Harvard Nutrition Expert Explains Why ‘Everything in Moderation’ Is Useless Diet Advice
The “everything is fine in moderation” approach to dieting may seem like a fair and balanced approach to nutrition, but according to Harvard Medical School nutrition and obesity expert Dr. David Ludwig, it’s essentially useless in practice.
“There [are] some things you [should] eat a lot of, and I would put things like olive oil, avocado, nuts in that category,” Ludwig said in an interview with Tech Insider. “There are other things you [should] really minimize, especially if you’re dealing with pre-diabetes or some other metabolic problem. You don’t want to go moderate with sugar — whatever that means. You want to get rid of as much of it as you can.”
Pointing to a study in the New England Journal of Medicine in which more than 7,000 people at risk for heart disease were given one of three diets — a Mediterranean diet with plenty of olive oil, a Mediterranean diet with lots of nuts, or a low-fat diet — Ludwig noted that that the researchers had to stop the study early because heart disease rates in the two groups eating the healthy fat Mediterranean diets dropped so much that it became “unethical to keep the control group eating the low-fat diet,” Ludwig said.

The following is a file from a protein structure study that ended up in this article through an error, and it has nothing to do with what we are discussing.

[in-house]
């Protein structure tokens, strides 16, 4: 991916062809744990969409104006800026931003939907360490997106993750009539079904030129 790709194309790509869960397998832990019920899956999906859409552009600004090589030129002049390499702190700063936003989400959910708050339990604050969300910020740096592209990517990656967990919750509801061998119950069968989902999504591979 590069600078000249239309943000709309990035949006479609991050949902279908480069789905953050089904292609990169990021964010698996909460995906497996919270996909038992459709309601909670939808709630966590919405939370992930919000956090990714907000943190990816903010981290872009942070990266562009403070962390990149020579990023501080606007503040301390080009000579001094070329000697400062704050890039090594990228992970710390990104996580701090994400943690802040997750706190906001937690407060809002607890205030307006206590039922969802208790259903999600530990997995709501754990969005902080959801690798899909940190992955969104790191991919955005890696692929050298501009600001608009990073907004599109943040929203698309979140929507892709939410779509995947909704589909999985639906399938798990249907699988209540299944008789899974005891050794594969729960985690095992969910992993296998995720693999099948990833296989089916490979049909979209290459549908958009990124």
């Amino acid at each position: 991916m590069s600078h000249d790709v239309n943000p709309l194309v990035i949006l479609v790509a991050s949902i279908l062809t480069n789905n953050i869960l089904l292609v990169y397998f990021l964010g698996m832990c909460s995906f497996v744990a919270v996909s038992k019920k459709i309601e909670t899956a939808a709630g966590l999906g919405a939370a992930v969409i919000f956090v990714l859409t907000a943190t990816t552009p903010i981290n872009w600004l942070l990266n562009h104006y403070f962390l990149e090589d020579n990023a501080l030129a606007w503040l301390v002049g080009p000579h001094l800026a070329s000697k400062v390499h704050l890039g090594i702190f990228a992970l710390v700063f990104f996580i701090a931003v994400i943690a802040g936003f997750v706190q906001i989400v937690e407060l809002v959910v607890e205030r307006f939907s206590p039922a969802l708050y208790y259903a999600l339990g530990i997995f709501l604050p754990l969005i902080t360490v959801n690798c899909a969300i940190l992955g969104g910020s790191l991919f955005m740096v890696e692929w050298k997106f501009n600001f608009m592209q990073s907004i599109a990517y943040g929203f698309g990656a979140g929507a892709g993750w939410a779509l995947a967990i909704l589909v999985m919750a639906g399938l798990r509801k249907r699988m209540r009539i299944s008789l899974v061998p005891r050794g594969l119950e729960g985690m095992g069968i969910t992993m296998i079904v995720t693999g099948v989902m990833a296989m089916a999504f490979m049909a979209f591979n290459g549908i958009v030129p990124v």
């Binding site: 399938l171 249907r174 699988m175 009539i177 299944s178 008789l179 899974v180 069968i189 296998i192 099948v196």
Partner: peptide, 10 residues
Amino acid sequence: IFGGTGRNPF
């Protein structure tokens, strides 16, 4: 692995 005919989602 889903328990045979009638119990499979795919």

Ludwig’s recommendations are in line with the USDA’s updated nutrition guidelines for the American public, which recommends adopting a Mediterranean diet as one of three diets linked to longevity, and cutting down on added sugars to 10 percent of one’s daily calories.